“Before my final placement, I organised a casual role at a service station which was suitable and flexible as I could work weekends or public holidays,” she said.
“This helps with consistent income for the necessities, even if it is a lot less than what you’d earn without needing to take the weekdays for placements.”
If you’re studying education, it might be worth looking into completing a RRR placement, as there are specific scholarships available, and you might be able to arrange affordable accommodation directly through the school.
Masters of Teaching student Katie plans to move to Central Queensland for her first teaching job but didn’t think that a RRR placement would be affordable or accessible to her.
“I spoke to TECE (Teacher Enhancement Centre) and they were so helpful, assuring me that if they couldn’t place me where I wanted, they would let the uni know in plenty of time so I could be placed locally.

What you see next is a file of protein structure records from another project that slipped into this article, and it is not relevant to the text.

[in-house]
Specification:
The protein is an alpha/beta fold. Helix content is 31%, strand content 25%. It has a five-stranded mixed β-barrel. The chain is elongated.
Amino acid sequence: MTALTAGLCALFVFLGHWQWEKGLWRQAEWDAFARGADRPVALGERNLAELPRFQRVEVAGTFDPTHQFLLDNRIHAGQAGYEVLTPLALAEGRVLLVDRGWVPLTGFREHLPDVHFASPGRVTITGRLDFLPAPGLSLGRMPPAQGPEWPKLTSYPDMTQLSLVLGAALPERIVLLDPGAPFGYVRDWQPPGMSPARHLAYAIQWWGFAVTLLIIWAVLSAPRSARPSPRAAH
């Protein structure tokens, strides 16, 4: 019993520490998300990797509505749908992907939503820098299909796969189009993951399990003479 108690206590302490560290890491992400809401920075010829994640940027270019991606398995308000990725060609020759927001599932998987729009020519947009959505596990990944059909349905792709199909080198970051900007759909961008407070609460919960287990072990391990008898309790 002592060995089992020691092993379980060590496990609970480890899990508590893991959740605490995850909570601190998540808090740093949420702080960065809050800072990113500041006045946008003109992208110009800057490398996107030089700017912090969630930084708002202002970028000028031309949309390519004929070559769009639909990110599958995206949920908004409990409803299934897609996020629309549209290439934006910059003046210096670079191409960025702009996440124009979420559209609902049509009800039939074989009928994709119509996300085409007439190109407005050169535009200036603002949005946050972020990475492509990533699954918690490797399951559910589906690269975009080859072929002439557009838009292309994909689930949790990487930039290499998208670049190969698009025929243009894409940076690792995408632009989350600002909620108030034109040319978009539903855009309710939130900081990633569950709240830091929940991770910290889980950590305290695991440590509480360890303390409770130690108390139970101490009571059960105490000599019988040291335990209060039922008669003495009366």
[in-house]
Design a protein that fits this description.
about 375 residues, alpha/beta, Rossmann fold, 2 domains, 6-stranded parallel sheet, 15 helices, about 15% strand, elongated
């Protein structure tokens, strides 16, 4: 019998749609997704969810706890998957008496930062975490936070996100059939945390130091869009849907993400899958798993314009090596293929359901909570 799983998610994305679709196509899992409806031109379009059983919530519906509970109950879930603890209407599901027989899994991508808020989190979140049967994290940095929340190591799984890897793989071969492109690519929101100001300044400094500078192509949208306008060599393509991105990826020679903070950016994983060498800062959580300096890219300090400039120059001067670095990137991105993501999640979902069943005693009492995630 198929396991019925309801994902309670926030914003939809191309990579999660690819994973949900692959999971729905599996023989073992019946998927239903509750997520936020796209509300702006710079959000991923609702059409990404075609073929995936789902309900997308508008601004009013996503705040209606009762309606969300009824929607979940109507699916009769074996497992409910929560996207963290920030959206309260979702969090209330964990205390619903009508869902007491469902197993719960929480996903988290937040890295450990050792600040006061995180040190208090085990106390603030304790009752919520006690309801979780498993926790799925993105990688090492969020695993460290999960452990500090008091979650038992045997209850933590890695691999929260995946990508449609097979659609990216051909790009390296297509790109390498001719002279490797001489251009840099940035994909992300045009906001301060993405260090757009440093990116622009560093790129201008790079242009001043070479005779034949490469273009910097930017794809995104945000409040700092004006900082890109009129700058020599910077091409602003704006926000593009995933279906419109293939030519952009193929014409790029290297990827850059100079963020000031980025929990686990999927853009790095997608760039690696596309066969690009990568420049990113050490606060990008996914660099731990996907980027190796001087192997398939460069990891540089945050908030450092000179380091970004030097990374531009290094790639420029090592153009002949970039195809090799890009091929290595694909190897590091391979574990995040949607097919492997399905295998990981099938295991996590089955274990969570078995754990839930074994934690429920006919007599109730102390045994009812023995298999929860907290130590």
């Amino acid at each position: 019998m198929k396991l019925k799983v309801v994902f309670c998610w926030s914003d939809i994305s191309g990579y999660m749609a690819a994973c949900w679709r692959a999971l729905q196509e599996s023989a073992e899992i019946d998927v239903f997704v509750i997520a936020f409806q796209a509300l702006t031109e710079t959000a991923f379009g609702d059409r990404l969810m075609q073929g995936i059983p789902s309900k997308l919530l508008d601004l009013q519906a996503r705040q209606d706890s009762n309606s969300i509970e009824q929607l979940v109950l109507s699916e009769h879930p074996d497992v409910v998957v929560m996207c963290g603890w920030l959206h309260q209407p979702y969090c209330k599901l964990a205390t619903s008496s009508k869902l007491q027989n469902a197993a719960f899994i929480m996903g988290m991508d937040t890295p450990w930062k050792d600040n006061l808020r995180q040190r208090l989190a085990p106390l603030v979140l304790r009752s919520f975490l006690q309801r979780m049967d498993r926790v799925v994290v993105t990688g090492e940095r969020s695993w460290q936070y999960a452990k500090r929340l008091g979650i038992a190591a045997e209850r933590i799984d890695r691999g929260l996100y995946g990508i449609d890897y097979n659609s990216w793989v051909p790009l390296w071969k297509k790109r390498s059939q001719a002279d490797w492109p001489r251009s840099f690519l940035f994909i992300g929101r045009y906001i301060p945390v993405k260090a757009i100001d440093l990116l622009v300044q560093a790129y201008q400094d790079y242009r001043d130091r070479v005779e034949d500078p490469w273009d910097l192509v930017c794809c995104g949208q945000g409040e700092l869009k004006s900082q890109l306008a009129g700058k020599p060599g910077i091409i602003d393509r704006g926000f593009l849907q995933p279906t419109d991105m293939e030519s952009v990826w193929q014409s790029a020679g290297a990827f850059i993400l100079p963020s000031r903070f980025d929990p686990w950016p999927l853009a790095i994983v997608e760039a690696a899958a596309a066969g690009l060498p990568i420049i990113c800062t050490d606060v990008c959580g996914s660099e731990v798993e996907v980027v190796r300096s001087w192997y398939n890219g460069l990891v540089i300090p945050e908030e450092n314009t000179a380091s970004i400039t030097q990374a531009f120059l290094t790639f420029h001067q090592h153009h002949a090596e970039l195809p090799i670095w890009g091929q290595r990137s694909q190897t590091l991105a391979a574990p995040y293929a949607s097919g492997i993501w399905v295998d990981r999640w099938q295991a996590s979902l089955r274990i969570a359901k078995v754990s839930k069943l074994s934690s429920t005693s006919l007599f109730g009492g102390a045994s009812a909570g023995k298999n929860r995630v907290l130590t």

“I found out in a few weeks and now I am in the process of having accommodation confirmed. This is all done through the school, so I am in contact with the school directly and have filled out a form to get accommodation provided temporarily on prac, paying roughly $50 a week.”
It’s clear more support is needed to help students survive if they are going to continue to be subjected to unpaid placements, especially with QUT own’s placement support bursaries being complicated to apply for.
The Guild’s recent placement support program was met with backlash from some students, who argued that a $50 voucher was barely helpful. Others argued that something is better than nothing. Glass has contacted both QUT and Guild SRC members for comment on this issue to be published in a future article.
So, what can students do about ending mandatory unpaid placements?
One simple action any student can take is joining and following the Students Against Placement Poverty. SAPP is a revival of the student-led effort to win fair pay for mandatory placements in degrees like Education, Social Work, Nursing, Engineering and others. The organisation is made up of a group of students from different universities across Sydney.